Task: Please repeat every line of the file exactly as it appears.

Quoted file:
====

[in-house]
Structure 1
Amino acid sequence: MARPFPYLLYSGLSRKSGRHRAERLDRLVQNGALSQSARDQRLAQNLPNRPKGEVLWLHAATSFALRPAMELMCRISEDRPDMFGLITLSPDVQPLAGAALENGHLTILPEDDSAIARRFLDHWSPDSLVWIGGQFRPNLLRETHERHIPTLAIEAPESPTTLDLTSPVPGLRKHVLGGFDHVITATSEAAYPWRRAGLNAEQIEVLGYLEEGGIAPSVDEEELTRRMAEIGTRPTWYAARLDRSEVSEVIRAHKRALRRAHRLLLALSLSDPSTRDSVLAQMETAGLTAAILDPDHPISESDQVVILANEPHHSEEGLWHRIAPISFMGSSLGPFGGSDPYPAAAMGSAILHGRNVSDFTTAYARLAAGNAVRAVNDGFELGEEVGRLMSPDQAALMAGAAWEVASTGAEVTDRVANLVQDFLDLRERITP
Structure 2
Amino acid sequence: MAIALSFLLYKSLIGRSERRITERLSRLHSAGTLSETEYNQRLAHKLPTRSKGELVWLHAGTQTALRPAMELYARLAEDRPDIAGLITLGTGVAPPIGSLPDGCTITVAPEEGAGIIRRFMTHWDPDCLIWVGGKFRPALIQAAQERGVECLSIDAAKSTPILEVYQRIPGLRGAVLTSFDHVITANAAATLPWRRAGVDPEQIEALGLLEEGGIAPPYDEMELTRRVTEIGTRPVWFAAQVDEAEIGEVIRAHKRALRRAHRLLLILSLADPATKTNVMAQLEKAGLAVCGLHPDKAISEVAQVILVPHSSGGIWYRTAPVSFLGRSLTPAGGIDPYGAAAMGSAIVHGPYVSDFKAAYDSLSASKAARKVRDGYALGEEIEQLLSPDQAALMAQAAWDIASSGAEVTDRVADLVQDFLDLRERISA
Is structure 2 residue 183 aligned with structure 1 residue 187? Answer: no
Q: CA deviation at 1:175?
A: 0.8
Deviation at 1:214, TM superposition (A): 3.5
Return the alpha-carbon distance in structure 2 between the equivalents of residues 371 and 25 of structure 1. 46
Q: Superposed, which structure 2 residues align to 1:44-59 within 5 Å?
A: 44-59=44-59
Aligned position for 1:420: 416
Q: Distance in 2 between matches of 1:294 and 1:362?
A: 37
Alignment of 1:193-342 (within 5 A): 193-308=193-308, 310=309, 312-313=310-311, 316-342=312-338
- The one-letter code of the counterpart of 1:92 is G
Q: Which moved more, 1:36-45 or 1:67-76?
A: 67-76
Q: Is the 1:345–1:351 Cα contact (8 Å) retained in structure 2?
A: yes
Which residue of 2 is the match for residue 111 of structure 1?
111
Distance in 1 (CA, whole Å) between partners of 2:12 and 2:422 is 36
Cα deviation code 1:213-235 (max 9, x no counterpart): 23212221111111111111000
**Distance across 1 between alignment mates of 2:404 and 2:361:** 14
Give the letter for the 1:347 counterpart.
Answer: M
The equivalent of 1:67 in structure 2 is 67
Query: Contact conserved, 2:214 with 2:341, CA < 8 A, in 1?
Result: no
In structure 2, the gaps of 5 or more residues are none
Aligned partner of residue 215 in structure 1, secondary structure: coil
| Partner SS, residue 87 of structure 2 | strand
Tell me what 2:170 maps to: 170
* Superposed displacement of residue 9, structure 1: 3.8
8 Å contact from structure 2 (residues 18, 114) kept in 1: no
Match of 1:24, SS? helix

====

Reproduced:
[in-house]
Structure 1
Amino acid sequence: MARPFPYLLYSGLSRKSGRHRAERLDRLVQNGALSQSARDQRLAQNLPNRPKGEVLWLHAATSFALRPAMELMCRISEDRPDMFGLITLSPDVQPLAGAALENGHLTILPEDDSAIARRFLDHWSPDSLVWIGGQFRPNLLRETHERHIPTLAIEAPESPTTLDLTSPVPGLRKHVLGGFDHVITATSEAAYPWRRAGLNAEQIEVLGYLEEGGIAPSVDEEELTRRMAEIGTRPTWYAARLDRSEVSEVIRAHKRALRRAHRLLLALSLSDPSTRDSVLAQMETAGLTAAILDPDHPISESDQVVILANEPHHSEEGLWHRIAPISFMGSSLGPFGGSDPYPAAAMGSAILHGRNVSDFTTAYARLAAGNAVRAVNDGFELGEEVGRLMSPDQAALMAGAAWEVASTGAEVTDRVANLVQDFLDLRERITP
Structure 2
Amino acid sequence: MAIALSFLLYKSLIGRSERRITERLSRLHSAGTLSETEYNQRLAHKLPTRSKGELVWLHAGTQTALRPAMELYARLAEDRPDIAGLITLGTGVAPPIGSLPDGCTITVAPEEGAGIIRRFMTHWDPDCLIWVGGKFRPALIQAAQERGVECLSIDAAKSTPILEVYQRIPGLRGAVLTSFDHVITANAAATLPWRRAGVDPEQIEALGLLEEGGIAPPYDEMELTRRVTEIGTRPVWFAAQVDEAEIGEVIRAHKRALRRAHRLLLILSLADPATKTNVMAQLEKAGLAVCGLHPDKAISEVAQVILVPHSSGGIWYRTAPVSFLGRSLTPAGGIDPYGAAAMGSAIVHGPYVSDFKAAYDSLSASKAARKVRDGYALGEEIEQLLSPDQAALMAQAAWDIASSGAEVTDRVADLVQDFLDLRERISA
Is structure 2 residue 183 aligned with structure 1 residue 187? Answer: no
Q: CA deviation at 1:175?
A: 0.8
Deviation at 1:214, TM superposition (A): 3.5
Return the alpha-carbon distance in structure 2 between the equivalents of residues 371 and 25 of structure 1. 46
Q: Superposed, which structure 2 residues align to 1:44-59 within 5 Å?
A: 44-59=44-59
Aligned position for 1:420: 416
Q: Distance in 2 between matches of 1:294 and 1:362?
A: 37
Alignment of 1:193-342 (within 5 A): 193-308=193-308, 310=309, 312-313=310-311, 316-342=312-338
- The one-letter code of the counterpart of 1:92 is G
Q: Which moved more, 1:36-45 or 1:67-76?
A: 67-76
Q: Is the 1:345–1:351 Cα contact (8 Å) retained in structure 2?
A: yes
Which residue of 2 is the match for residue 111 of structure 1?
111
Distance in 1 (CA, whole Å) between partners of 2:12 and 2:422 is 36
Cα deviation code 1:213-235 (max 9, x no counterpart): 23212221111111111111000
**Distance across 1 between alignment mates of 2:404 and 2:361:** 14
Give the letter for the 1:347 counterpart.
Answer: M
The equivalent of 1:67 in structure 2 is 67
Query: Contact conserved, 2:214 with 2:341, CA < 8 A, in 1?
Result: no
In structure 2, the gaps of 5 or more residues are none
Aligned partner of residue 215 in structure 1, secondary structure: coil
| Partner SS, residue 87 of structure 2 | strand
Tell me what 2:170 maps to: 170
* Superposed displacement of residue 9, structure 1: 3.8
8 Å contact from structure 2 (residues 18, 114) kept in 1: no
Match of 1:24, SS? helix